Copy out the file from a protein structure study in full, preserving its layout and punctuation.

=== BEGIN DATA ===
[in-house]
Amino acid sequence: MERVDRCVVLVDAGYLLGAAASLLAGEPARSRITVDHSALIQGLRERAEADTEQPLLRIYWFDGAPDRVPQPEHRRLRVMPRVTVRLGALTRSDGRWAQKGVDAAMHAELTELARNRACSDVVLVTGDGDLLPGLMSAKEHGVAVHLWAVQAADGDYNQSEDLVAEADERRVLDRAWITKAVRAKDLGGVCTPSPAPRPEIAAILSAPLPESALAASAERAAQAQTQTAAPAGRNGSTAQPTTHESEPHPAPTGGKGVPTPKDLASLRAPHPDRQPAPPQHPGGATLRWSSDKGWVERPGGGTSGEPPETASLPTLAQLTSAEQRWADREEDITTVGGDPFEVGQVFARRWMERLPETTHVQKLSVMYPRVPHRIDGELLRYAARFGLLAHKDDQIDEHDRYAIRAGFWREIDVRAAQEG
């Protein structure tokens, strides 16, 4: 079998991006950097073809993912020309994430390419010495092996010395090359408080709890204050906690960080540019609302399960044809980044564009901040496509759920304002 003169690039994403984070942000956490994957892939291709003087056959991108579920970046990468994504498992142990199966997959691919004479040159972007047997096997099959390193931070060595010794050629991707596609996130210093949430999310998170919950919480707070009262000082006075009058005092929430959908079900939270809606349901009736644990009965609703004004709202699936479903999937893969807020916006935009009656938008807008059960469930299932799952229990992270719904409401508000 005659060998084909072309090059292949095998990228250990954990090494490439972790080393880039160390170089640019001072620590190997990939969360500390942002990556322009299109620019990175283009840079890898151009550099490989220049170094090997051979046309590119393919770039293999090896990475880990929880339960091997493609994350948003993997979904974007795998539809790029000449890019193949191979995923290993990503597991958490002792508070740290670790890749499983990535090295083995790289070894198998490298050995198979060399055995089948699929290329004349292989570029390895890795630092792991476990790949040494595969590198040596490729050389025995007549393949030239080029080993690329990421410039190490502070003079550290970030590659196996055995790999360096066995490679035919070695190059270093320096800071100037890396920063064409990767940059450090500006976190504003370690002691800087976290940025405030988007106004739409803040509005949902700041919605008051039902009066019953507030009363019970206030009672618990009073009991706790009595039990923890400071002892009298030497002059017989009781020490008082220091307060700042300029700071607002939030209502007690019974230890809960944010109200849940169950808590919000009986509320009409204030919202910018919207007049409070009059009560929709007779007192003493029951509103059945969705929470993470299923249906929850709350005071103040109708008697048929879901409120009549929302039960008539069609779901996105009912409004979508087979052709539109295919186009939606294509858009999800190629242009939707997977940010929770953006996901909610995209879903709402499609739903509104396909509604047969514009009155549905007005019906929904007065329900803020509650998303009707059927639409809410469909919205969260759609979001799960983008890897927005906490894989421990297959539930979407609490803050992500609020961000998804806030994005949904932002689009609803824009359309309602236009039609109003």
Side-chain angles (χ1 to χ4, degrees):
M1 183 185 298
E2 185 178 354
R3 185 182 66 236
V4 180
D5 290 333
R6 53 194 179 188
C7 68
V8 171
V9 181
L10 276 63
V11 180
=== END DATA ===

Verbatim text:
[in-house]
Amino acid sequence: MERVDRCVVLVDAGYLLGAAASLLAGEPARSRITVDHSALIQGLRERAEADTEQPLLRIYWFDGAPDRVPQPEHRRLRVMPRVTVRLGALTRSDGRWAQKGVDAAMHAELTELARNRACSDVVLVTGDGDLLPGLMSAKEHGVAVHLWAVQAADGDYNQSEDLVAEADERRVLDRAWITKAVRAKDLGGVCTPSPAPRPEIAAILSAPLPESALAASAERAAQAQTQTAAPAGRNGSTAQPTTHESEPHPAPTGGKGVPTPKDLASLRAPHPDRQPAPPQHPGGATLRWSSDKGWVERPGGGTSGEPPETASLPTLAQLTSAEQRWADREEDITTVGGDPFEVGQVFARRWMERLPETTHVQKLSVMYPRVPHRIDGELLRYAARFGLLAHKDDQIDEHDRYAIRAGFWREIDVRAAQEG
């Protein structure tokens, strides 16, 4: 079998991006950097073809993912020309994430390419010495092996010395090359408080709890204050906690960080540019609302399960044809980044564009901040496509759920304002 003169690039994403984070942000956490994957892939291709003087056959991108579920970046990468994504498992142990199966997959691919004479040159972007047997096997099959390193931070060595010794050629991707596609996130210093949430999310998170919950919480707070009262000082006075009058005092929430959908079900939270809606349901009736644990009965609703004004709202699936479903999937893969807020916006935009009656938008807008059960469930299932799952229990992270719904409401508000 005659060998084909072309090059292949095998990228250990954990090494490439972790080393880039160390170089640019001072620590190997990939969360500390942002990556322009299109620019990175283009840079890898151009550099490989220049170094090997051979046309590119393919770039293999090896990475880990929880339960091997493609994350948003993997979904974007795998539809790029000449890019193949191979995923290993990503597991958490002792508070740290670790890749499983990535090295083995790289070894198998490298050995198979060399055995089948699929290329004349292989570029390895890795630092792991476990790949040494595969590198040596490729050389025995007549393949030239080029080993690329990421410039190490502070003079550290970030590659196996055995790999360096066995490679035919070695190059270093320096800071100037890396920063064409990767940059450090500006976190504003370690002691800087976290940025405030988007106004739409803040509005949902700041919605008051039902009066019953507030009363019970206030009672618990009073009991706790009595039990923890400071002892009298030497002059017989009781020490008082220091307060700042300029700071607002939030209502007690019974230890809960944010109200849940169950808590919000009986509320009409204030919202910018919207007049409070009059009560929709007779007192003493029951509103059945969705929470993470299923249906929850709350005071103040109708008697048929879901409120009549929302039960008539069609779901996105009912409004979508087979052709539109295919186009939606294509858009999800190629242009939707997977940010929770953006996901909610995209879903709402499609739903509104396909509604047969514009009155549905007005019906929904007065329900803020509650998303009707059927639409809410469909919205969260759609979001799960983008890897927005906490894989421990297959539930979407609490803050992500609020961000998804806030994005949904932002689009609803824009359309309602236009039609109003």
Side-chain angles (χ1 to χ4, degrees):
M1 183 185 298
E2 185 178 354
R3 185 182 66 236
V4 180
D5 290 333
R6 53 194 179 188
C7 68
V8 171
V9 181
L10 276 63
V11 180